Climate change

All tropical agriculture, whatever the crop or the location, will be impacted by climate change. Forecasts of the likely consequences of altered growing conditions on the viability of cropping patterns are an important tool to anticipate the need for agronomic adaptation, as in the case of a study by Duku and colleagues in Benin [23]. They found that between 50% and 95% of cultivated areas in the Upper Ouémé watershed that currently support rainfed sequential cropping will be forced to revert to single cropping due to climate change. Models are also developed- using mechanistic or correlative approaches- to inform adaptation strategies for specific crops, as with cocoa in Brazil [24] and rice in the Philippines [25].

Photo by torricojc on Pixabay

Technological solutions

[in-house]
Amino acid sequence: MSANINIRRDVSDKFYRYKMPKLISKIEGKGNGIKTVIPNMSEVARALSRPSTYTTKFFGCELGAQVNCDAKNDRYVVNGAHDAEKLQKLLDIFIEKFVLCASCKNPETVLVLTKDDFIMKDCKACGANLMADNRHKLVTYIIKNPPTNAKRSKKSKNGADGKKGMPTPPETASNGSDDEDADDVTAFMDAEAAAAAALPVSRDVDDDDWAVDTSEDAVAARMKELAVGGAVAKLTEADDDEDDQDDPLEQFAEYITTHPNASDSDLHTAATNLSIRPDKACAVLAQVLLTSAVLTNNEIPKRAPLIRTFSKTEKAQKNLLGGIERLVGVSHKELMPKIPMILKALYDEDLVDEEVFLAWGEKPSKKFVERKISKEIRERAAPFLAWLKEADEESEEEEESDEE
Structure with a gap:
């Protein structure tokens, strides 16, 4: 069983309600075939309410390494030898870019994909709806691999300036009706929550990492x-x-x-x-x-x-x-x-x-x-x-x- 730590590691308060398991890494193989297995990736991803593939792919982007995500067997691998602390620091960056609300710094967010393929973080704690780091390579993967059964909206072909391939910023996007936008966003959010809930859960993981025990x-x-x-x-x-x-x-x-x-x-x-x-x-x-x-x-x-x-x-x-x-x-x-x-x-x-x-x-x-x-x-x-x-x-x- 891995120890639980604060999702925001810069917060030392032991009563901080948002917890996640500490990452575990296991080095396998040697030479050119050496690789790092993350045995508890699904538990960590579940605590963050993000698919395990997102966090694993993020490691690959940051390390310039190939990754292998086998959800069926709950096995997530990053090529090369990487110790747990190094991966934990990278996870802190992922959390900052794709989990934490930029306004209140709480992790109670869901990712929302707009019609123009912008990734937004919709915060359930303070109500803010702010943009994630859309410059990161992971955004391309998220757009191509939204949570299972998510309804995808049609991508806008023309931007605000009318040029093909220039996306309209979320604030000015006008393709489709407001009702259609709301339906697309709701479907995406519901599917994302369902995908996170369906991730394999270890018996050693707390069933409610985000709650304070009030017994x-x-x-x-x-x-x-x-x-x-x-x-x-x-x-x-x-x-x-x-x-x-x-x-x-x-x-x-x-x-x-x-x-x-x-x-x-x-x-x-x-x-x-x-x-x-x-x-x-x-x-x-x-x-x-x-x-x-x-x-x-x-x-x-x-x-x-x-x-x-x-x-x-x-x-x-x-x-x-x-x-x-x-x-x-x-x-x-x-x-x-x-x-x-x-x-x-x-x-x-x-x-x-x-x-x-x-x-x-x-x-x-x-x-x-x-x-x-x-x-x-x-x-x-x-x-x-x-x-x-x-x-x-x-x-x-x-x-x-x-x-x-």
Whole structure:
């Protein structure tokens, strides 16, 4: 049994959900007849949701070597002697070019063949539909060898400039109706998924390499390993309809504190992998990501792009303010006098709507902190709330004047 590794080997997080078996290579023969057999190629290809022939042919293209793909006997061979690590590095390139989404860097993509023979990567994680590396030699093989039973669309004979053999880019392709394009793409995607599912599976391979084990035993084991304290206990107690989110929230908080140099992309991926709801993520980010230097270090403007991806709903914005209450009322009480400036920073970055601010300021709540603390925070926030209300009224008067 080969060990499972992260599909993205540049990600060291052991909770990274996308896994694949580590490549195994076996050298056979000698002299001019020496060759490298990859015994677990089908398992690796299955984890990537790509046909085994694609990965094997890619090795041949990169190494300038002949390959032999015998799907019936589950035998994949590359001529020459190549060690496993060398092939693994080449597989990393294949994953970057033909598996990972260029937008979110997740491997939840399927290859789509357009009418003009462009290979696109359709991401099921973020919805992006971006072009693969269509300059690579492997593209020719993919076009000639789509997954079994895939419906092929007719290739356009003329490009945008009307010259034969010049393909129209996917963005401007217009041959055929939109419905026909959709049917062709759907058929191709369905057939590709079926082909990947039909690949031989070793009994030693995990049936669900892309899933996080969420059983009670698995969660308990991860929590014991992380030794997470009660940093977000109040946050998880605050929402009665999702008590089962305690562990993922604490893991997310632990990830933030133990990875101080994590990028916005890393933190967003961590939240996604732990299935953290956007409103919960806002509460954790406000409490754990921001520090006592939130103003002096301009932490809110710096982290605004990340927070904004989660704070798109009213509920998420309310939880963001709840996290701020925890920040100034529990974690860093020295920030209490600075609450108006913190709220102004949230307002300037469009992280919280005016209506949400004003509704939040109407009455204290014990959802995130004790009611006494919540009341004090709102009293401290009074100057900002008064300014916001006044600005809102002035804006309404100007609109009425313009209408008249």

In the 21st century, tropical agricultural research is characterised by creative innovation, spurred by the many challenges of our times. New technological solutions for particular agronomic problems are reported frequently, as in the recent case of a spectroscopic tool for identification of barley, chickpea and sorghum cultivars in Ethiopia [26]. The authors of this study also produced an accompanying R package for cultivar identification based on spectral data. Another consequence of the growing availability of communications technology among rural populations in the tropics is that it provides new opportunities for distributed research using citizen science methodologies, as studied by Beza and colleagues in Honduras, Ethiopia and India [27]. They provide insights into the potential of technologically-enabled citizen science in tropical agriculture research, and identify ways of reducing barriers to participation.